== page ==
http://www.vtpi.org/gentraf.pdf

http://en.wikipedia.org/wiki/Induced_demand

http://walkablestreets.wordpress.com/1993/04/18/does-free-flowing-car-traffic-reduce-fuel-consumption-and-air-pollution/

TØI (2009), Does Road Improvement Decrease Greenhouse Gas Emissions?, Institute of Transport Economics (TØI), Norwegian Centre for Transport Research (www.toi.no); summary at www.toi.no/getfile.php/Publikasjoner/T%D8I%20rapporter/2009/1027-2009/Sum-1027-2009.pdf

Robert Noland and Mohammed A. Quddus (2006), “Flow Improvements and Vehicle Emissions: Effects of Trip Generation and Emission Control Technology,” Transportation Research D, Vol. 11 (www.elsevier.com/locate/trd), pp. 1-14; also see

www.cts.cv.ic.ac.uk/documents/publications/iccts00249.pdf

Clark Williams-Derry (2007), Increases In Greenhouse-Gas Emissions From Highway-Widening Projects, Sightline Institute (www.sightline.org); at

www.sightline.org/research/energy/res_pubs/analysis-ghg-roads

TRB (1995), Expanding Metropolitan Highways: Implications for Air Quality and Energy Use, Committee for Study of Impacts of Highway Capacity Improvements on Air Quality and Energy Consumption, Transportation Research Board, Special Report #345 (www.trb.org)

D. Shefer & P. Rietvald (1997), “Congestion and Safety on Highways: Towards an Analytical Model,” Urban Studies, Vol. 34, No. 4, pp. 679-692.

Alison Cassady, Tony Dutzik and Emily Figdor (2004). More Highways, More Pollution: Road Building and Air Pollution in America’s Cities, U.S. PIRG Education Fund (www.uspirg.org).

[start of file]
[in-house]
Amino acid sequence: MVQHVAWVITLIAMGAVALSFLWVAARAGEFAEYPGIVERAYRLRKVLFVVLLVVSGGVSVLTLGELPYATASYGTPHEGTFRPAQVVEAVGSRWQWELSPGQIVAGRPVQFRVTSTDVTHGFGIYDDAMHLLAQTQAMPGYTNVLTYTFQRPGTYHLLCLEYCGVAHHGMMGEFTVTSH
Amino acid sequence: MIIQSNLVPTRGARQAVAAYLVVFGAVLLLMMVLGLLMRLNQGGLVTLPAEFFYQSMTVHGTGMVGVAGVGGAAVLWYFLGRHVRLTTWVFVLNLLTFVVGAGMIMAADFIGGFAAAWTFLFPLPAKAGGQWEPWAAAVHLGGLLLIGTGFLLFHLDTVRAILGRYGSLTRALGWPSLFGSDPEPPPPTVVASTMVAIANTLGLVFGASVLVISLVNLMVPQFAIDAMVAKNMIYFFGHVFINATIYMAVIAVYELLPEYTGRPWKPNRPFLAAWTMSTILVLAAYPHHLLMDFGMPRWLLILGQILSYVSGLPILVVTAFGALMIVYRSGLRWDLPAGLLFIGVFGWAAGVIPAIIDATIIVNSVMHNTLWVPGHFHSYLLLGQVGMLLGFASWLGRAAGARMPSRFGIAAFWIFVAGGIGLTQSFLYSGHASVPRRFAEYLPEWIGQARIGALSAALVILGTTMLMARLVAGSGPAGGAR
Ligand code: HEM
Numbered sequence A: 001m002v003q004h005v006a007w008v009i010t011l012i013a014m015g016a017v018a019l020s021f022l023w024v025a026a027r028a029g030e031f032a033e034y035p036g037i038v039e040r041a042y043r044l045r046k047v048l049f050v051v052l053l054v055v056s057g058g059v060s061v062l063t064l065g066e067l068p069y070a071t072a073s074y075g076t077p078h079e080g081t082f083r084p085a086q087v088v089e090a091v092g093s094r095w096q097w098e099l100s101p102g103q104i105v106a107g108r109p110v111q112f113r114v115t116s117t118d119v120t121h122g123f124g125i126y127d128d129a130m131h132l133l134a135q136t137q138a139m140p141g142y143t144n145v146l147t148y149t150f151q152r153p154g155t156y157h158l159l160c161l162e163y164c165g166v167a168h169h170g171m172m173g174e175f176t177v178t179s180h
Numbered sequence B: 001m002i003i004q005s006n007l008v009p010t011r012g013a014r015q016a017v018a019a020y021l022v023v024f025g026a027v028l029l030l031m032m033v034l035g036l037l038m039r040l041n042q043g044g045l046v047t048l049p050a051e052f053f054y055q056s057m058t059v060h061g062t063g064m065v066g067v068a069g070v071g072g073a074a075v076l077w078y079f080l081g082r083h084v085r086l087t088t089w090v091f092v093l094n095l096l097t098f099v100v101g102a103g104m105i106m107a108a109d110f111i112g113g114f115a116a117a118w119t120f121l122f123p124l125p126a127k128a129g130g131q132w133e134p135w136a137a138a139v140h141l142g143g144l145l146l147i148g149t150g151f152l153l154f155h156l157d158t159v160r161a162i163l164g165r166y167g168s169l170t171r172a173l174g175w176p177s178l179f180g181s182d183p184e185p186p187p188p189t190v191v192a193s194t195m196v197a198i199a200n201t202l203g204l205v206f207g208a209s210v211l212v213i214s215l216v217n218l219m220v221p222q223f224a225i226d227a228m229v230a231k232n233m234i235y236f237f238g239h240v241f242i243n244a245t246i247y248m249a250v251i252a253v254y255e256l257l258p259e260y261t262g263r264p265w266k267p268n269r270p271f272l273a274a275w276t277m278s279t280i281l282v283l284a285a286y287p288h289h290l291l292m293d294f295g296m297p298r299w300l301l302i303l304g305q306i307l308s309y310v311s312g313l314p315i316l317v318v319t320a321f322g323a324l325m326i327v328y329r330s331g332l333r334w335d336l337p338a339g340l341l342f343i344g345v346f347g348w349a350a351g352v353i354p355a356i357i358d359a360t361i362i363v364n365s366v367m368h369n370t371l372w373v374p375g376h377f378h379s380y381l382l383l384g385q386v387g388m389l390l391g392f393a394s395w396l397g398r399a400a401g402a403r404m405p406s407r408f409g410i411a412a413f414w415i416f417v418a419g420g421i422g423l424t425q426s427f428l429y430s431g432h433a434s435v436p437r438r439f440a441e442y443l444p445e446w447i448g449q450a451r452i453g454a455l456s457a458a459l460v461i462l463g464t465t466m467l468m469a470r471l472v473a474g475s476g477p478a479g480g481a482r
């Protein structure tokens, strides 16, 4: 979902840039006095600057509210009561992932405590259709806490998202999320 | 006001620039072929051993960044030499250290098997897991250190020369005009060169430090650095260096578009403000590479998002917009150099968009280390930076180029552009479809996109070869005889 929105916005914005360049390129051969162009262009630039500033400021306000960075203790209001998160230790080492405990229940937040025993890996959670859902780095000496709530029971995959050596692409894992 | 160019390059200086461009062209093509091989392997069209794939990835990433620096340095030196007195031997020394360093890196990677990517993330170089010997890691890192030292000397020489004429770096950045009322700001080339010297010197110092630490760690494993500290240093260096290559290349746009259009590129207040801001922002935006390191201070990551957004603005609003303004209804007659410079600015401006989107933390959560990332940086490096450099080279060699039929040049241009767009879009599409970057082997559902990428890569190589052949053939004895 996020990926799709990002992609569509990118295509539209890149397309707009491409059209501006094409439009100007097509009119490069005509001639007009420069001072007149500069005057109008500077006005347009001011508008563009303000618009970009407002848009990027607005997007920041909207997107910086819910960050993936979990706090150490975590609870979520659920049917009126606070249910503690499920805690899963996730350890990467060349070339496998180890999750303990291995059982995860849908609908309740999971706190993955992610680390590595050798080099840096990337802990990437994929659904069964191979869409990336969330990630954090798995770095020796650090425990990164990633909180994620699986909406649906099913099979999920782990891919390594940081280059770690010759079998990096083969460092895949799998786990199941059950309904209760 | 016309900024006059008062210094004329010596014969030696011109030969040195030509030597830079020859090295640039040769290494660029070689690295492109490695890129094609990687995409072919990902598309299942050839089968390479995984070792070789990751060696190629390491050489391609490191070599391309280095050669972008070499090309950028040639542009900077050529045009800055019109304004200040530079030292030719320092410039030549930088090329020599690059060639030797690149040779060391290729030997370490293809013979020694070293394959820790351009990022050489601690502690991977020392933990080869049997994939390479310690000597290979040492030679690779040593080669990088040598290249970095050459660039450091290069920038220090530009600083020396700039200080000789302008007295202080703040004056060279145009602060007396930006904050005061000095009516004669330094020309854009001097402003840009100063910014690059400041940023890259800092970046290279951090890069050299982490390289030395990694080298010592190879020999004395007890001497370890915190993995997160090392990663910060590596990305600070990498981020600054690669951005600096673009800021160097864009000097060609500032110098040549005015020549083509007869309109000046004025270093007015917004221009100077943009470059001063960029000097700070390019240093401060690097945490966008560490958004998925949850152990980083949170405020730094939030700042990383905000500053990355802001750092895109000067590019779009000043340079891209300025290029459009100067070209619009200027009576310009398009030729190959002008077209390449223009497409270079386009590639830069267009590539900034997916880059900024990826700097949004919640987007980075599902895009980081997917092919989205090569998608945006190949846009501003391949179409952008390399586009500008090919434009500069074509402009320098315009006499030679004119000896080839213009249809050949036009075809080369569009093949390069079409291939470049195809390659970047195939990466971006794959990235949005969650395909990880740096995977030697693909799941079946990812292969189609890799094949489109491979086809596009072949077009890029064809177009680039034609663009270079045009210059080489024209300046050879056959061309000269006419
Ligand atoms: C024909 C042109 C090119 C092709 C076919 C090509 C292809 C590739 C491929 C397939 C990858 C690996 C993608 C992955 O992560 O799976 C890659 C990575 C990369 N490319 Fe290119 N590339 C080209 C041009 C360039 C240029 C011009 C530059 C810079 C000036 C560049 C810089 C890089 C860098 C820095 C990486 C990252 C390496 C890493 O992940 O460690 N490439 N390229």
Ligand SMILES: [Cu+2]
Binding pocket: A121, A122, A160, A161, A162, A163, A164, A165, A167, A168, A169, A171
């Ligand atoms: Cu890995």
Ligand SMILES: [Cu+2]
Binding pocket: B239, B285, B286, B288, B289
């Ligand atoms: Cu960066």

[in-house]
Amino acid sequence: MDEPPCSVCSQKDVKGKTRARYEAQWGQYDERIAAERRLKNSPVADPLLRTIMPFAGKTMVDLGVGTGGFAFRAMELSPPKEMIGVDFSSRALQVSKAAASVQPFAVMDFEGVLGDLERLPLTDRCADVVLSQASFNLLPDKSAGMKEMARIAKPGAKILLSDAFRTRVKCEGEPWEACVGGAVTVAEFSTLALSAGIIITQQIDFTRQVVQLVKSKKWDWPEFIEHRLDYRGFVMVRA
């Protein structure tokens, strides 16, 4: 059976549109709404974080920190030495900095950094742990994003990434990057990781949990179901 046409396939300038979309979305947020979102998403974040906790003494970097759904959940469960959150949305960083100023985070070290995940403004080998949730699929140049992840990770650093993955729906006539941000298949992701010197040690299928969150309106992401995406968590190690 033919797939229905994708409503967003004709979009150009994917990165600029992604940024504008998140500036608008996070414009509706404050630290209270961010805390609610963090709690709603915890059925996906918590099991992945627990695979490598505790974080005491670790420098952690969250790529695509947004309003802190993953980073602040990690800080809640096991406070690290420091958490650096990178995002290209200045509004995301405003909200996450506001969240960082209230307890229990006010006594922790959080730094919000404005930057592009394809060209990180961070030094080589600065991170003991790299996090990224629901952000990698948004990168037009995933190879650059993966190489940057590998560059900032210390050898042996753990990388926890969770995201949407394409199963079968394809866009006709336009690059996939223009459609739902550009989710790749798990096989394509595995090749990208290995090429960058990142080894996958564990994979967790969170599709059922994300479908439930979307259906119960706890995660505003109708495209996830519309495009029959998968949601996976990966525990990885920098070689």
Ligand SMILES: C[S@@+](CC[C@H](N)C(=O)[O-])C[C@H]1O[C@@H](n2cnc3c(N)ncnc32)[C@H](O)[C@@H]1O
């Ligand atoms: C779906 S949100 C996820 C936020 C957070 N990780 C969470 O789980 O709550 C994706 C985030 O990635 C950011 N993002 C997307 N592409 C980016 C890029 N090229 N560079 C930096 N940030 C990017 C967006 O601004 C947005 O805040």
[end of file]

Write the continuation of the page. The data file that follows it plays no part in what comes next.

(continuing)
http://www.opr.ca.gov/docs/PreliminaryEvaluationTransportationMetrics.pdf

 

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Filed under Bicycling, Economics, Energy, Environment, Miscellaneous, Peak Oil, Politics, Road Diet, Sprawl, Suburbia, Urban Design, Walking

Should the Development Transect Include a Suburban Option?

By Dom Nozzi

The “Urban to Rural Transect” is an idea pioneered by the new urbanist movement. The concept acknowledges that individuals have a range of different lifestyles and forms of travel that they desire. Instead of having a community establish only one set of design regulations for new development in a community (a set which tends to offer only a suburban, drivable lifestyle), it is most equitable that regulations should be tailored to the full range of choices: walkable for the town center, suburban and drivable for the suburbs, and rural/conservation for the periphery of a community.

Not only is this tailored approach much more fair and equitable than the typical one-size-fits-all approach, it is also more resilient: The future is likely to be rather different than today, particularly due to likely resource, financial, demographic, energy and climate changes. It is obviously most prudent to have a full set of community designs so that a significant community shift to a new way of living and getting around will not be as painful and costly.